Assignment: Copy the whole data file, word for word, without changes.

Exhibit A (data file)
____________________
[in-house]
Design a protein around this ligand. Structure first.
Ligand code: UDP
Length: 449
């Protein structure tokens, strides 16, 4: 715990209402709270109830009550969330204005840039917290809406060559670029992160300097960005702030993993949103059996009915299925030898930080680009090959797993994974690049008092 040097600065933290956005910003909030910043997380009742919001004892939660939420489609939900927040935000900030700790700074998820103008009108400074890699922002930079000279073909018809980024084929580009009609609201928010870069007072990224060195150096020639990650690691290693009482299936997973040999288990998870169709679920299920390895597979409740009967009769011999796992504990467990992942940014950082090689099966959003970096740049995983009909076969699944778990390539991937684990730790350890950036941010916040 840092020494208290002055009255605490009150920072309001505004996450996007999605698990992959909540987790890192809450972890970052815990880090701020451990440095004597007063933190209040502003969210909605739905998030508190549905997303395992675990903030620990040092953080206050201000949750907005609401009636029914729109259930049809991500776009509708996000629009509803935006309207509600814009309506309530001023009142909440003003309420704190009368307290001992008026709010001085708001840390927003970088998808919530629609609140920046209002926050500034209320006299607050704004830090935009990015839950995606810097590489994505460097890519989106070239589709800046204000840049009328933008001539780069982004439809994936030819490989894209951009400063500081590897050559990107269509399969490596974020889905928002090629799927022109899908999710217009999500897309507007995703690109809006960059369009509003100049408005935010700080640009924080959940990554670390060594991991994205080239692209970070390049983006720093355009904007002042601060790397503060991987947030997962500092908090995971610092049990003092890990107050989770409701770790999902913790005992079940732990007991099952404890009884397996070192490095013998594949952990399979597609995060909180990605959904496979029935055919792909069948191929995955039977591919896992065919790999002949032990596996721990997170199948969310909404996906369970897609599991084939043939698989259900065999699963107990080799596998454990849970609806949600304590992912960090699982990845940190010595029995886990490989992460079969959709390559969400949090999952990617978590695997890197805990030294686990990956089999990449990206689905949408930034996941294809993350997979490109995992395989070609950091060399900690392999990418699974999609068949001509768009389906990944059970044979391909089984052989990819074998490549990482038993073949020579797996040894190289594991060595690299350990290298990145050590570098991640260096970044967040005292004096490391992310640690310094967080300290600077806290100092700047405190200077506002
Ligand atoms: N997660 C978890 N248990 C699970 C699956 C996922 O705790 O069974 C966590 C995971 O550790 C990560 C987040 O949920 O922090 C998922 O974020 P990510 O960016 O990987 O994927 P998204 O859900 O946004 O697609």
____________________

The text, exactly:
[in-house]
Design a protein around this ligand. Structure first.
Ligand code: UDP
Length: 449
């Protein structure tokens, strides 16, 4: 715990209402709270109830009550969330204005840039917290809406060559670029992160300097960005702030993993949103059996009915299925030898930080680009090959797993994974690049008092 040097600065933290956005910003909030910043997380009742919001004892939660939420489609939900927040935000900030700790700074998820103008009108400074890699922002930079000279073909018809980024084929580009009609609201928010870069007072990224060195150096020639990650690691290693009482299936997973040999288990998870169709679920299920390895597979409740009967009769011999796992504990467990992942940014950082090689099966959003970096740049995983009909076969699944778990390539991937684990730790350890950036941010916040 840092020494208290002055009255605490009150920072309001505004996450996007999605698990992959909540987790890192809450972890970052815990880090701020451990440095004597007063933190209040502003969210909605739905998030508190549905997303395992675990903030620990040092953080206050201000949750907005609401009636029914729109259930049809991500776009509708996000629009509803935006309207509600814009309506309530001023009142909440003003309420704190009368307290001992008026709010001085708001840390927003970088998808919530629609609140920046209002926050500034209320006299607050704004830090935009990015839950995606810097590489994505460097890519989106070239589709800046204000840049009328933008001539780069982004439809994936030819490989894209951009400063500081590897050559990107269509399969490596974020889905928002090629799927022109899908999710217009999500897309507007995703690109809006960059369009509003100049408005935010700080640009924080959940990554670390060594991991994205080239692209970070390049983006720093355009904007002042601060790397503060991987947030997962500092908090995971610092049990003092890990107050989770409701770790999902913790005992079940732990007991099952404890009884397996070192490095013998594949952990399979597609995060909180990605959904496979029935055919792909069948191929995955039977591919896992065919790999002949032990596996721990997170199948969310909404996906369970897609599991084939043939698989259900065999699963107990080799596998454990849970609806949600304590992912960090699982990845940190010595029995886990490989992460079969959709390559969400949090999952990617978590695997890197805990030294686990990956089999990449990206689905949408930034996941294809993350997979490109995992395989070609950091060399900690392999990418699974999609068949001509768009389906990944059970044979391909089984052989990819074998490549990482038993073949020579797996040894190289594991060595690299350990290298990145050590570098991640260096970044967040005292004096490391992310640690310094967080300290600077806290100092700047405190200077506002
Ligand atoms: N997660 C978890 N248990 C699970 C699956 C996922 O705790 O069974 C966590 C995971 O550790 C990560 C987040 O949920 O922090 C998922 O974020 P990510 O960016 O990987 O994927 P998204 O859900 O946004 O697609």